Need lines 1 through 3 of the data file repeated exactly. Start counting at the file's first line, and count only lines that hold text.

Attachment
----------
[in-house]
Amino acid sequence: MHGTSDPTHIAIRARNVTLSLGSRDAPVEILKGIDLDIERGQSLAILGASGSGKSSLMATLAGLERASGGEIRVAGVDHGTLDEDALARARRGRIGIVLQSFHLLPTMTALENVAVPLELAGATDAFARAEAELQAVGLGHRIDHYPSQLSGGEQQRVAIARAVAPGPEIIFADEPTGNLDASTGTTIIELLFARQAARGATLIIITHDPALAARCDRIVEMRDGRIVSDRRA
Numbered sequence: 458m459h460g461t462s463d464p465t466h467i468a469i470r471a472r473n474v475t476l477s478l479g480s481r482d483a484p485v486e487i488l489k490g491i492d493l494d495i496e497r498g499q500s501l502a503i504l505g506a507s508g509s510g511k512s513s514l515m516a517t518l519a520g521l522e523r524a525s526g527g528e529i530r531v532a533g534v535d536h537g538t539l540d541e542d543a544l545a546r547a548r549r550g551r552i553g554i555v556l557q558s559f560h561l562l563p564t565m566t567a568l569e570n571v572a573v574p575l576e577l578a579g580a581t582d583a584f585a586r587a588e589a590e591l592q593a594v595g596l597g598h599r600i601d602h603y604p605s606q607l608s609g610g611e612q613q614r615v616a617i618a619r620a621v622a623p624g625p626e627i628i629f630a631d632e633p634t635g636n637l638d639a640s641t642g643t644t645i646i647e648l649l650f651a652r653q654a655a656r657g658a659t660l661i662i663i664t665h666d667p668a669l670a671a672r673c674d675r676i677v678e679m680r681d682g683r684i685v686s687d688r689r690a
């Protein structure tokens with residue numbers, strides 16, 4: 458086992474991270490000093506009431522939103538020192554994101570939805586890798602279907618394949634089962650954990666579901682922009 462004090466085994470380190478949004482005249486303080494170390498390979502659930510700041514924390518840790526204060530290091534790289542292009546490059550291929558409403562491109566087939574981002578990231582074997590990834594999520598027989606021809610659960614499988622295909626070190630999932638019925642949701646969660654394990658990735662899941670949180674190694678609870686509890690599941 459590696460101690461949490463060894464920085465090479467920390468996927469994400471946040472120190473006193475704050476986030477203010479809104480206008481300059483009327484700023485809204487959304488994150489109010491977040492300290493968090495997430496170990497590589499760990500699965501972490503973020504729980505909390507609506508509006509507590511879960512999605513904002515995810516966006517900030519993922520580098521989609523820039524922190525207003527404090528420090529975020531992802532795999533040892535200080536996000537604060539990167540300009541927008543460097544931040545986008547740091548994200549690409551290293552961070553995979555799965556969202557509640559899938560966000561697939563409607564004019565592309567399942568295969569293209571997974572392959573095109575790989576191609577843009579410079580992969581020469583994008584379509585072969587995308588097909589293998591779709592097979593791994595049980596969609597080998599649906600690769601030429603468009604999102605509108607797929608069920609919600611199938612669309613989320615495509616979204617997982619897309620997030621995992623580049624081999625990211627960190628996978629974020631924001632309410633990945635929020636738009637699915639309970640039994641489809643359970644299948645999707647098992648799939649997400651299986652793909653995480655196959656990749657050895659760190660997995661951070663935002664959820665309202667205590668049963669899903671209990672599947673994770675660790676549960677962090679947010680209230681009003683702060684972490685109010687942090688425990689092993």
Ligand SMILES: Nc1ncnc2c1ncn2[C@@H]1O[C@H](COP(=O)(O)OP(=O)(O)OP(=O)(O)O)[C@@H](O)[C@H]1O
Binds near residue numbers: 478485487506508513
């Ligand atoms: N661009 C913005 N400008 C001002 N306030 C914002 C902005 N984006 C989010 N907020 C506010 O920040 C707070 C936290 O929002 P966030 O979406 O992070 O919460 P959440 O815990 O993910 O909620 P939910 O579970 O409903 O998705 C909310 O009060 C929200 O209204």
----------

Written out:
[in-house]
Amino acid sequence: MHGTSDPTHIAIRARNVTLSLGSRDAPVEILKGIDLDIERGQSLAILGASGSGKSSLMATLAGLERASGGEIRVAGVDHGTLDEDALARARRGRIGIVLQSFHLLPTMTALENVAVPLELAGATDAFARAEAELQAVGLGHRIDHYPSQLSGGEQQRVAIARAVAPGPEIIFADEPTGNLDASTGTTIIELLFARQAARGATLIIITHDPALAARCDRIVEMRDGRIVSDRRA
Numbered sequence: 458m459h460g461t462s463d464p465t466h467i468a469i470r471a472r473n474v475t476l477s478l479g480s481r482d483a484p485v486e487i488l489k490g491i492d493l494d495i496e497r498g499q500s501l502a503i504l505g506a507s508g509s510g511k512s513s514l515m516a517t518l519a520g521l522e523r524a525s526g527g528e529i530r531v532a533g534v535d536h537g538t539l540d541e542d543a544l545a546r547a548r549r550g551r552i553g554i555v556l557q558s559f560h561l562l563p564t565m566t567a568l569e570n571v572a573v574p575l576e577l578a579g580a581t582d583a584f585a586r587a588e589a590e591l592q593a594v595g596l597g598h599r600i601d602h603y604p605s606q607l608s609g610g611e612q613q614r615v616a617i618a619r620a621v622a623p624g625p626e627i628i629f630a631d632e633p634t635g636n637l638d639a640s641t642g643t644t645i646i647e648l649l650f651a652r653q654a655a656r657g658a659t660l661i662i663i664t665h666d667p668a669l670a671a672r673c674d675r676i677v678e679m680r681d682g683r684i685v686s687d688r689r690a